Monday, August 29, 2016

Who am I?

I have been an athlete my entire life.  It is literally all that I have known.  From an early age I became accustomed to being celebrated for my athletic achievements.  When I was a kid I competed in gymnastics and played youth soccer.  Every kid on my team received an award merely for participating, which was a concept my young, competitive brain couldn’t quite reconcile.  I have never really liked attention and have always been the quiet introverted kid, but without even knowing it being celebrated as an athlete became a staple in my life.
I knew early on that I wanted to be a collegiate athlete.  I didn’t know what sport I wanted to participate in, but I always knew that I wanted to continue to pursue my passion for sports.  I initially tried out for soccer at UCDavis and was devastated when I did not make the team.  After licking my wounds and after much pressure from the coaches, I reluctantly made my way out to track practice.  It didn’t take me long to realize that track and field was where I belonged.  I worked hard and I could directly see my work pay off in times and results.  I competed against myself every day, received praise when I succeeded and picked myself up when I failed.  I knew the emphasis was student first and then athlete, but in my heart I was always an athlete first.  I dressed and prepared for practice every morning before school and consistently biked to class, fully outfitted in spandex and covered in bags of recovery ice.  Without even knowing it I became addicted to identifying as an athlete.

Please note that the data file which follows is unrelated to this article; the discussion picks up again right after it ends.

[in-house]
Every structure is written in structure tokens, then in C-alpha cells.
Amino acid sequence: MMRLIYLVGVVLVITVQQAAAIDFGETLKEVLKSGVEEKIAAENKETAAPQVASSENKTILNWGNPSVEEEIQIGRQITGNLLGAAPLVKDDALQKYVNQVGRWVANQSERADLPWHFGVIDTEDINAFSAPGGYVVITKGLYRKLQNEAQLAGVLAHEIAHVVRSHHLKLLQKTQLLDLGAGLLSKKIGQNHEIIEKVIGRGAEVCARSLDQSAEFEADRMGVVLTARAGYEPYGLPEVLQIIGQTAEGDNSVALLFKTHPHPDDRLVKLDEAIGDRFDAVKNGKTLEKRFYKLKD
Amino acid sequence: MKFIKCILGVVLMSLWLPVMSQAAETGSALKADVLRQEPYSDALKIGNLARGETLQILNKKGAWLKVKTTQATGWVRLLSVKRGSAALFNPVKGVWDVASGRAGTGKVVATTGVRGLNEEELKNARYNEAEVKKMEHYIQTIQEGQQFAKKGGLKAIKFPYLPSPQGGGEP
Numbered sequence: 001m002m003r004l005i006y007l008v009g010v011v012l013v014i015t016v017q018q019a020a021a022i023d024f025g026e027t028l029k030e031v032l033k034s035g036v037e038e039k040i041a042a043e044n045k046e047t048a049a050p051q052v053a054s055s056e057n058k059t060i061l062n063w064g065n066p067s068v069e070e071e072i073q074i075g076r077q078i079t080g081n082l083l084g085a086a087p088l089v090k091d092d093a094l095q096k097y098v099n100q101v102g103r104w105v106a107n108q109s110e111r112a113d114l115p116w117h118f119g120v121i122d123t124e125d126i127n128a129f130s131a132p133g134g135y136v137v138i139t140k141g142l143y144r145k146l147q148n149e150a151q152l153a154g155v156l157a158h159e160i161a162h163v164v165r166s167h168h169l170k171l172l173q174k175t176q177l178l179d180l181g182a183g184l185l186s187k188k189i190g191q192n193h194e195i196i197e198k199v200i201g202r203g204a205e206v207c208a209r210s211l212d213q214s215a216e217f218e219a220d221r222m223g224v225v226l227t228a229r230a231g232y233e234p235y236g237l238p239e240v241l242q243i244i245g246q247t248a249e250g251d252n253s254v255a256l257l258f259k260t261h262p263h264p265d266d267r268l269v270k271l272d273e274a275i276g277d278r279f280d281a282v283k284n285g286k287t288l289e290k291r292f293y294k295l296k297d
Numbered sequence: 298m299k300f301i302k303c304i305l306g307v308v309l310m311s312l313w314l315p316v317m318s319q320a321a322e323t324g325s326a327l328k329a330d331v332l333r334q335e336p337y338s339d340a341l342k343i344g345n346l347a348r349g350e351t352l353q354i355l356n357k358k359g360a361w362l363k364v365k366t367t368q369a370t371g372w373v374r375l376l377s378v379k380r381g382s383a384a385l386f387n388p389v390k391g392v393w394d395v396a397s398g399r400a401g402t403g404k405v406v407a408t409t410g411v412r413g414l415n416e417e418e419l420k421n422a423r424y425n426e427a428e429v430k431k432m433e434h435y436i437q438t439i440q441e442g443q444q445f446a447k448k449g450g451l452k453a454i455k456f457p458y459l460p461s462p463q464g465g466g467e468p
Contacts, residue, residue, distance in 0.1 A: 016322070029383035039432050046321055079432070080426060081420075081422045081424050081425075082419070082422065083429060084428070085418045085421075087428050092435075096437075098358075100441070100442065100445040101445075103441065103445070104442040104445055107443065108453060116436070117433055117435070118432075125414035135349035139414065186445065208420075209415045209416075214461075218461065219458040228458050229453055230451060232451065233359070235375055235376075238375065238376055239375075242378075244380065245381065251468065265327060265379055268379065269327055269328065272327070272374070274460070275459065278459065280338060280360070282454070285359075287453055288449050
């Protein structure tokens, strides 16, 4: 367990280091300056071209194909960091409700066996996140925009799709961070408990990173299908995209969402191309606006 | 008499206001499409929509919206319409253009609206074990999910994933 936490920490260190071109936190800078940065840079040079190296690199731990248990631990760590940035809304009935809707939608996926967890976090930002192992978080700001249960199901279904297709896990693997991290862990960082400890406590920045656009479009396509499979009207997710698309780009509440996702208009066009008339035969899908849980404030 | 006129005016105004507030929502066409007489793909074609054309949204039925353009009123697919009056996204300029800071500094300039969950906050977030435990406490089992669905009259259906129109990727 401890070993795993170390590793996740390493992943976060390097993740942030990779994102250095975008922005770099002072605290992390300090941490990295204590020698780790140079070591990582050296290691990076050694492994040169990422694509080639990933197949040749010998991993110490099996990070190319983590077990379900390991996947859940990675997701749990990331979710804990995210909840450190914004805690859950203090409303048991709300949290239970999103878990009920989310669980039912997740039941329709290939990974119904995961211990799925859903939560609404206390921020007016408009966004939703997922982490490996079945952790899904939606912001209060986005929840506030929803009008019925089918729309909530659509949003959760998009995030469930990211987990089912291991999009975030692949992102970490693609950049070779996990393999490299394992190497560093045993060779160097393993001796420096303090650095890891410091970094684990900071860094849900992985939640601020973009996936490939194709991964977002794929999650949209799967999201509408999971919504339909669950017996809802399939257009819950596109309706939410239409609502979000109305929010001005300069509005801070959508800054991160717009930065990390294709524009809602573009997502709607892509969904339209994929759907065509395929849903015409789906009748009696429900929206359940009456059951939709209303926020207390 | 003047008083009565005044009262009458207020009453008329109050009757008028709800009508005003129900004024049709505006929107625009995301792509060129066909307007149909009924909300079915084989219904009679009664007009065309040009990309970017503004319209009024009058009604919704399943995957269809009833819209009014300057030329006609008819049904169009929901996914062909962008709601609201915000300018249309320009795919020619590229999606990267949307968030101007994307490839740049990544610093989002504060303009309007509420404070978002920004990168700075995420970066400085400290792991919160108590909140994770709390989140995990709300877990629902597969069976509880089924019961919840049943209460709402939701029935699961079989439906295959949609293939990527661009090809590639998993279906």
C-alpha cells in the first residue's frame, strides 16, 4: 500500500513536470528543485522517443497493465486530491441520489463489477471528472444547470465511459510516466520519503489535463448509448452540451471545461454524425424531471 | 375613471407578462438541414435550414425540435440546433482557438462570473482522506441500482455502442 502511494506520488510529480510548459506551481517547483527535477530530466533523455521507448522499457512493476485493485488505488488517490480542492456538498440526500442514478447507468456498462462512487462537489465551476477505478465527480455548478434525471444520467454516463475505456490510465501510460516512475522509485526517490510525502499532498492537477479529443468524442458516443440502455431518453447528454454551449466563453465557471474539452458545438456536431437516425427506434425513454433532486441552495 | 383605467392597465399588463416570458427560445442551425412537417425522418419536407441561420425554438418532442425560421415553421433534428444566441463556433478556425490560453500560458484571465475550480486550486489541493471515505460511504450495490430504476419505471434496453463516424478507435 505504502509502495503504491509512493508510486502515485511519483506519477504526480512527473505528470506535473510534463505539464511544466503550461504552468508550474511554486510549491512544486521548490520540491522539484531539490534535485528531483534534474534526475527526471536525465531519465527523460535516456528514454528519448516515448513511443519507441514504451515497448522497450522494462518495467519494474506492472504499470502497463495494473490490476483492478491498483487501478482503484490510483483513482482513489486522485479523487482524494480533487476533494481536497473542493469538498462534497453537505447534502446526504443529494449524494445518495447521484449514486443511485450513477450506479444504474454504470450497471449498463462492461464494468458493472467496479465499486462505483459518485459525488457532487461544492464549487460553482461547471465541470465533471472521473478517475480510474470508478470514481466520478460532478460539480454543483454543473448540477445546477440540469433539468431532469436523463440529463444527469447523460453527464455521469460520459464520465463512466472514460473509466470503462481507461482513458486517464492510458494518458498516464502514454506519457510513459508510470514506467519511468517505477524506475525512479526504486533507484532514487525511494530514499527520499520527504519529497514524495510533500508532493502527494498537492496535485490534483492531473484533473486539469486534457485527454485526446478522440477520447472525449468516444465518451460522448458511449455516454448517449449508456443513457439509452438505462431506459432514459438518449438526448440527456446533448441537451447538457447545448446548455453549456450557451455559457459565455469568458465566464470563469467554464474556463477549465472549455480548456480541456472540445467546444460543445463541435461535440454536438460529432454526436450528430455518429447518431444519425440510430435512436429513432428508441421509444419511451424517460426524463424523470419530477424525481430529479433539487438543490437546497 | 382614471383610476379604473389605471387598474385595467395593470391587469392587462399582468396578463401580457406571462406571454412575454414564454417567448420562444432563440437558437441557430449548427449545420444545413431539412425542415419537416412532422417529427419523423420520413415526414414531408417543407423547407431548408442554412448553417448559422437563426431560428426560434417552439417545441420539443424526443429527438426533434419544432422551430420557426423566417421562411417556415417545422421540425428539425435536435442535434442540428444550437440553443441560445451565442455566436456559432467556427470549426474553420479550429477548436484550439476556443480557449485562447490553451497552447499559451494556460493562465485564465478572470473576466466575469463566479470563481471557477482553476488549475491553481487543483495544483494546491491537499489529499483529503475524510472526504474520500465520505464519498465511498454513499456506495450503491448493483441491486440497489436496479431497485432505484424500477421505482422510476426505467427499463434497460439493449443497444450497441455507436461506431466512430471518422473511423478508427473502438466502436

After finishing my four years of collegiate athletics I struggled to figure out what was next.  I watched my boyfriend at the time sign an MLB contract and have the opportunity to continue to play baseball.  I was envious of his opportunity and anxious to find my next athletic ‘fix.’  It came soon after, in the form of bobsled.